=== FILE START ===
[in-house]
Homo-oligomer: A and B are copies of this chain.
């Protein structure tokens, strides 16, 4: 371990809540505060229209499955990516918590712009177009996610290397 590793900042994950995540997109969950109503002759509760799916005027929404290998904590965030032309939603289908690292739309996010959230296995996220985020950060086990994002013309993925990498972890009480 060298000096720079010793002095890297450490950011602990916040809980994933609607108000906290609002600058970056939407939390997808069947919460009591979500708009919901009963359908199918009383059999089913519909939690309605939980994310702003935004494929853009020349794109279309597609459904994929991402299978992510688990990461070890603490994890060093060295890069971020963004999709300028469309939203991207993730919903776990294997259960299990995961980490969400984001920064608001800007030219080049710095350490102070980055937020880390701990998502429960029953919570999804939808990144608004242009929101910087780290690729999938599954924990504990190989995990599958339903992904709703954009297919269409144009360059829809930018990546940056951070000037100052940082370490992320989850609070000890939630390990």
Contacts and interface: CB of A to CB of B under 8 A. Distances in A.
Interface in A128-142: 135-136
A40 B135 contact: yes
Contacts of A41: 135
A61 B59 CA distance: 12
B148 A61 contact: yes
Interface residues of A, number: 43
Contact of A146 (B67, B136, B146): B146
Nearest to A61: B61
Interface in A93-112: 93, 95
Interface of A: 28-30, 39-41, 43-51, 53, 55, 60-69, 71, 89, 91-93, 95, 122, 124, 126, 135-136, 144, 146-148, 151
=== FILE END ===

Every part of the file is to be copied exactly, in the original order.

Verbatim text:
[in-house]
Homo-oligomer: A and B are copies of this chain.
């Protein structure tokens, strides 16, 4: 371990809540505060229209499955990516918590712009177009996610290397 590793900042994950995540997109969950109503002759509760799916005027929404290998904590965030032309939603289908690292739309996010959230296995996220985020950060086990994002013309993925990498972890009480 060298000096720079010793002095890297450490950011602990916040809980994933609607108000906290609002600058970056939407939390997808069947919460009591979500708009919901009963359908199918009383059999089913519909939690309605939980994310702003935004494929853009020349794109279309597609459904994929991402299978992510688990990461070890603490994890060093060295890069971020963004999709300028469309939203991207993730919903776990294997259960299990995961980490969400984001920064608001800007030219080049710095350490102070980055937020880390701990998502429960029953919570999804939808990144608004242009929101910087780290690729999938599954924990504990190989995990599958339903992904709703954009297919269409144009360059829809930018990546940056951070000037100052940082370490992320989850609070000890939630390990």
Contacts and interface: CB of A to CB of B under 8 A. Distances in A.
Interface in A128-142: 135-136
A40 B135 contact: yes
Contacts of A41: 135
A61 B59 CA distance: 12
B148 A61 contact: yes
Interface residues of A, number: 43
Contact of A146 (B67, B136, B146): B146
Nearest to A61: B61
Interface in A93-112: 93, 95
Interface of A: 28-30, 39-41, 43-51, 53, 55, 60-69, 71, 89, 91-93, 95, 122, 124, 126, 135-136, 144, 146-148, 151